Yes, there typically isn’t an advantage in two particular different words sounding the same. Instead, that is a result of having many words and wanting to keep them short. My point is that as long at they are used in completely different situations (either grammatically or in different topics) is not much of a problem.

I think it is a feature rather than a bug that words with similar meanings sound different. Imagine if to, too and two meant similar things and could be used in the same situation. Then it would be difficult to hear what exactly a speaker is saying and it would take effort to learn the distinctions. Eventually, they would likely merge into a single word.

I can clearly recognize myself in this. Im starting to wonder if this can be avoided. If I start on something similar to your project, will I look back on this in two years and think”that was just another one of those thoughts that seemed they would change everything, but didn’t”?

I know this isn’t really the point in the post, but I dont think the “roling five d10 every day” or even the “1d00 a year” are good models for the probability of dying. They make sense statistically, when only considering your age and sex, but you yourself knows for example if you have been diagnosed with cancer or not. You might say that you get a cancer diagnosis if the first four d10 are all 1s and the fifth is a 2 or 3. Then once you have the cancer diagnosis, your probability is higher, especially when looking months or years ahead.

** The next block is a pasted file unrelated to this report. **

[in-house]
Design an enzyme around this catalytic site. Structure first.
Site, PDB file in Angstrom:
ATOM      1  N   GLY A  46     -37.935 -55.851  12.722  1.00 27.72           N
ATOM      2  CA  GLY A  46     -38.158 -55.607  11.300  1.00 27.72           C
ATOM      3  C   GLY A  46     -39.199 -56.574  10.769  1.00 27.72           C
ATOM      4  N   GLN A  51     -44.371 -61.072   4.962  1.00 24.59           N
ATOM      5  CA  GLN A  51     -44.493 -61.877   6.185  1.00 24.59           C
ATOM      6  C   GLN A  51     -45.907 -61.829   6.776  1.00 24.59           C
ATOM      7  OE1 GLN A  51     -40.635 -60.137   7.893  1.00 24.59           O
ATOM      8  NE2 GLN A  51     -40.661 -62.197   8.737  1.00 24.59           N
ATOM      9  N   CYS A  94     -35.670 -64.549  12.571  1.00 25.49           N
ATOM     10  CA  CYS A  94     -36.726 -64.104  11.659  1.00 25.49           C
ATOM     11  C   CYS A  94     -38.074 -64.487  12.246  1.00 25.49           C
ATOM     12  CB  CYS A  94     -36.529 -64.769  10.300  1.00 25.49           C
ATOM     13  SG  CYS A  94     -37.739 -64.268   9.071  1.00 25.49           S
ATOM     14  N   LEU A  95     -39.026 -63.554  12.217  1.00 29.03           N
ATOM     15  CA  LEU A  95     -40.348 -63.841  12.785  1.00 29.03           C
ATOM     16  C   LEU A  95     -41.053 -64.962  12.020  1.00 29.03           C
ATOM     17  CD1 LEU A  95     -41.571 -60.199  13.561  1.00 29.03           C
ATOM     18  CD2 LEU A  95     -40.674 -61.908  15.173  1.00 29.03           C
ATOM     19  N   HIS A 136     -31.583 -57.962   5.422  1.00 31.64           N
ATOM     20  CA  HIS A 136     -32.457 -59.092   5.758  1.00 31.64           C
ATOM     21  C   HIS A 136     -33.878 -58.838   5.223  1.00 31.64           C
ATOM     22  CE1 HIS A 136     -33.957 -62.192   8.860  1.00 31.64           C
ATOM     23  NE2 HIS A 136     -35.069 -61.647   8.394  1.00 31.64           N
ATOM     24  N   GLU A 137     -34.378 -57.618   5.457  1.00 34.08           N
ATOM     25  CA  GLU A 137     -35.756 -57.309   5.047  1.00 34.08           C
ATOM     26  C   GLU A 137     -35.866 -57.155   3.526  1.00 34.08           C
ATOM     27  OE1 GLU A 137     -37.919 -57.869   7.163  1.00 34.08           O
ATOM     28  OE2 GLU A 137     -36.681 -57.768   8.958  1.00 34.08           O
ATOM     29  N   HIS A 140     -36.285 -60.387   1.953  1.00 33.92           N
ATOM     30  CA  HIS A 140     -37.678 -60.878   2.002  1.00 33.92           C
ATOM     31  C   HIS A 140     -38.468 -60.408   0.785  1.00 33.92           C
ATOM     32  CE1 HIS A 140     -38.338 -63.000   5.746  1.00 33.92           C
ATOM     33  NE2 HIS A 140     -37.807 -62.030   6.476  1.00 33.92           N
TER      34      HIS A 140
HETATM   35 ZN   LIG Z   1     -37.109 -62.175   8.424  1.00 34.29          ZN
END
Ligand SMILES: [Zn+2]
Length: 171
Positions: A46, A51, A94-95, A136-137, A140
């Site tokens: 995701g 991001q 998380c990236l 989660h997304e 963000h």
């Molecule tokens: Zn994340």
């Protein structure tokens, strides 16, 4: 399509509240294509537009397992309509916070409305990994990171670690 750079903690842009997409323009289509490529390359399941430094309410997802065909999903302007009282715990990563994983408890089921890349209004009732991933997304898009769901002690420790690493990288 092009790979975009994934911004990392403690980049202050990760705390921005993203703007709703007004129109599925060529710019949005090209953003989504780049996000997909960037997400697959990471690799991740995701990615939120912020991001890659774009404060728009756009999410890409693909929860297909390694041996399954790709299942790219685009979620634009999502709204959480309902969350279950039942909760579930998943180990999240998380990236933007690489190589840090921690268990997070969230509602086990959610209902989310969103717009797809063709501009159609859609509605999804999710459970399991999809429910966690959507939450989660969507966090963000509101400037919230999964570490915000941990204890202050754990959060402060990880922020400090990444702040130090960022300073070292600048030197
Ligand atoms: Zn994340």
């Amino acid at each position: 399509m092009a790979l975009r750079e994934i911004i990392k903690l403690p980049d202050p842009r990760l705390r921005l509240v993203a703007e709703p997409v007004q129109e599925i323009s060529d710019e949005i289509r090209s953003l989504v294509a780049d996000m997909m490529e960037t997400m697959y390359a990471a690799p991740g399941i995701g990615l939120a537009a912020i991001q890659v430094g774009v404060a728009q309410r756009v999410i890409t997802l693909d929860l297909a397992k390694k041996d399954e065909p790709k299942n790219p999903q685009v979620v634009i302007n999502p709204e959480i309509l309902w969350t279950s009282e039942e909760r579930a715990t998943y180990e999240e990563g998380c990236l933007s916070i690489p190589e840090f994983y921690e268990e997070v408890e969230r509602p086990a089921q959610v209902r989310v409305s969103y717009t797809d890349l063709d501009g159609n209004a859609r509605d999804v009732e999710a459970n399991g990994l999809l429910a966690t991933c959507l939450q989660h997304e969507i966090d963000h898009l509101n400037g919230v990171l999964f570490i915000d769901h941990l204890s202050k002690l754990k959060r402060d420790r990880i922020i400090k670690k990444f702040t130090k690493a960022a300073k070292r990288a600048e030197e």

The usual mortality statistics dont distinguish between unexpected death and expected deaths. Do anyone know how of a more accurate model of how it is revealed when you die? Im not looking for exact probabilities and not necessarily of the resolution of days. Just something more accurate than the simple model that ignores current health.

Another possibility is that the command is executed (meaning we are in the kaboom scenario), and the US does not escalate immediately but says that there will be a respond at a time and place of their choosing. This could give time for someone to overthrow Putin to prevent escalation.

Sure, Russia used to be technological and cultural superpower. I just can’t think of any similar examples from Putin’s time.

I just realized that I have never taken the expression “superpower” literally, to only be about military strength. I have always just assumed the it also involve cultural and technological influence, and in general “how much do you contribute to the world”. This is probably because I started from the assumption that the US was the only superpower, and then I extrapolated from that.

If you take superpower to just mean the amount of military pressure you can put on other countries, it does make a bit more sense.